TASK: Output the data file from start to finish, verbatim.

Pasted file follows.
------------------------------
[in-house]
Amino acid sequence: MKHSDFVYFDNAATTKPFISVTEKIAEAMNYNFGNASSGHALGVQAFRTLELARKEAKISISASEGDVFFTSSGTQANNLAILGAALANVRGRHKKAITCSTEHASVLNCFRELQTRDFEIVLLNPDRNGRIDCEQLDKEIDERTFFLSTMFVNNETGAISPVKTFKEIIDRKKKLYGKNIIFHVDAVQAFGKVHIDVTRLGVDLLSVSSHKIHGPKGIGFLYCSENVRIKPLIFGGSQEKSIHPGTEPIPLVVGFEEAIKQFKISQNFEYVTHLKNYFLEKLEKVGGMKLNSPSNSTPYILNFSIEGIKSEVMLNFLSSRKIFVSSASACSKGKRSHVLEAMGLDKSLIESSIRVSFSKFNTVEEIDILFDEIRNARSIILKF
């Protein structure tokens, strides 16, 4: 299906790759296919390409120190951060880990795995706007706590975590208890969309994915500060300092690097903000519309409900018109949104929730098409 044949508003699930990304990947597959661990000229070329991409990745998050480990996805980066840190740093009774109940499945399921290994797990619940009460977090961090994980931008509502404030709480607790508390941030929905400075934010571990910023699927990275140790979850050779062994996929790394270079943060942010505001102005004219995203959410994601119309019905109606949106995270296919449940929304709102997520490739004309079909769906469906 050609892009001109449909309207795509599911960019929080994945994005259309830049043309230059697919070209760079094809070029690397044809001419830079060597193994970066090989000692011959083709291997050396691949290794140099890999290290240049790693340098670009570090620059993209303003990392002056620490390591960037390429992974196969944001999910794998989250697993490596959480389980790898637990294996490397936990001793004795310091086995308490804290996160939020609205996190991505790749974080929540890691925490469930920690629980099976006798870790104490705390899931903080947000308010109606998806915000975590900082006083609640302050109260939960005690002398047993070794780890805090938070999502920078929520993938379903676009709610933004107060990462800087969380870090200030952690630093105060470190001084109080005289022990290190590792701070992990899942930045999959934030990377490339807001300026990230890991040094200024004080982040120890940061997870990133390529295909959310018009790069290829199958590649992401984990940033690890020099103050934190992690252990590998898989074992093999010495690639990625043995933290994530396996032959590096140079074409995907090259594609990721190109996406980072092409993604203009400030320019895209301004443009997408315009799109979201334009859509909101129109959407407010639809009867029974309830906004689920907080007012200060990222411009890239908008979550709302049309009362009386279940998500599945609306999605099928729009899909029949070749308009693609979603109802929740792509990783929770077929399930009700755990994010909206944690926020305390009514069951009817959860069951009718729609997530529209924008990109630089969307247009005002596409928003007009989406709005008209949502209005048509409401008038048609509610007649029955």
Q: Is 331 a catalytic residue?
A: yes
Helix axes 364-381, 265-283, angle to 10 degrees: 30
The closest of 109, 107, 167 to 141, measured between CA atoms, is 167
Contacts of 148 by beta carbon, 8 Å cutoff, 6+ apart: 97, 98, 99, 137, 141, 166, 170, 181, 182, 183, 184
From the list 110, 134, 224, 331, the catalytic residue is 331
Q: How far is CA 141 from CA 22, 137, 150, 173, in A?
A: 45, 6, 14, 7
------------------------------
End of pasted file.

[in-house]
Amino acid sequence: MKHSDFVYFDNAATTKPFISVTEKIAEAMNYNFGNASSGHALGVQAFRTLELARKEAKISISASEGDVFFTSSGTQANNLAILGAALANVRGRHKKAITCSTEHASVLNCFRELQTRDFEIVLLNPDRNGRIDCEQLDKEIDERTFFLSTMFVNNETGAISPVKTFKEIIDRKKKLYGKNIIFHVDAVQAFGKVHIDVTRLGVDLLSVSSHKIHGPKGIGFLYCSENVRIKPLIFGGSQEKSIHPGTEPIPLVVGFEEAIKQFKISQNFEYVTHLKNYFLEKLEKVGGMKLNSPSNSTPYILNFSIEGIKSEVMLNFLSSRKIFVSSASACSKGKRSHVLEAMGLDKSLIESSIRVSFSKFNTVEEIDILFDEIRNARSIILKF
């Protein structure tokens, strides 16, 4: 299906790759296919390409120190951060880990795995706007706590975590208890969309994915500060300092690097903000519309409900018109949104929730098409 044949508003699930990304990947597959661990000229070329991409990745998050480990996805980066840190740093009774109940499945399921290994797990619940009460977090961090994980931008509502404030709480607790508390941030929905400075934010571990910023699927990275140790979850050779062994996929790394270079943060942010505001102005004219995203959410994601119309019905109606949106995270296919449940929304709102997520490739004309079909769906469906 050609892009001109449909309207795509599911960019929080994945994005259309830049043309230059697919070209760079094809070029690397044809001419830079060597193994970066090989000692011959083709291997050396691949290794140099890999290290240049790693340098670009570090620059993209303003990392002056620490390591960037390429992974196969944001999910794998989250697993490596959480389980790898637990294996490397936990001793004795310091086995308490804290996160939020609205996190991505790749974080929540890691925490469930920690629980099976006798870790104490705390899931903080947000308010109606998806915000975590900082006083609640302050109260939960005690002398047993070794780890805090938070999502920078929520993938379903676009709610933004107060990462800087969380870090200030952690630093105060470190001084109080005289022990290190590792701070992990899942930045999959934030990377490339807001300026990230890991040094200024004080982040120890940061997870990133390529295909959310018009790069290829199958590649992401984990940033690890020099103050934190992690252990590998898989074992093999010495690639990625043995933290994530396996032959590096140079074409995907090259594609990721190109996406980072092409993604203009400030320019895209301004443009997408315009799109979201334009859509909101129109959407407010639809009867029974309830906004689920907080007012200060990222411009890239908008979550709302049309009362009386279940998500599945609306999605099928729009899909029949070749308009693609979603109802929740792509990783929770077929399930009700755990994010909206944690926020305390009514069951009817959860069951009718729609997530529209924008990109630089969307247009005002596409928003007009989406709005008209949502209005048509409401008038048609509610007649029955």
Q: Is 331 a catalytic residue?
A: yes
Helix axes 364-381, 265-283, angle to 10 degrees: 30
The closest of 109, 107, 167 to 141, measured between CA atoms, is 167
Contacts of 148 by beta carbon, 8 Å cutoff, 6+ apart: 97, 98, 99, 137, 141, 166, 170, 181, 182, 183, 184
From the list 110, 134, 224, 331, the catalytic residue is 331
Q: How far is CA 141 from CA 22, 137, 150, 173, in A?
A: 45, 6, 14, 7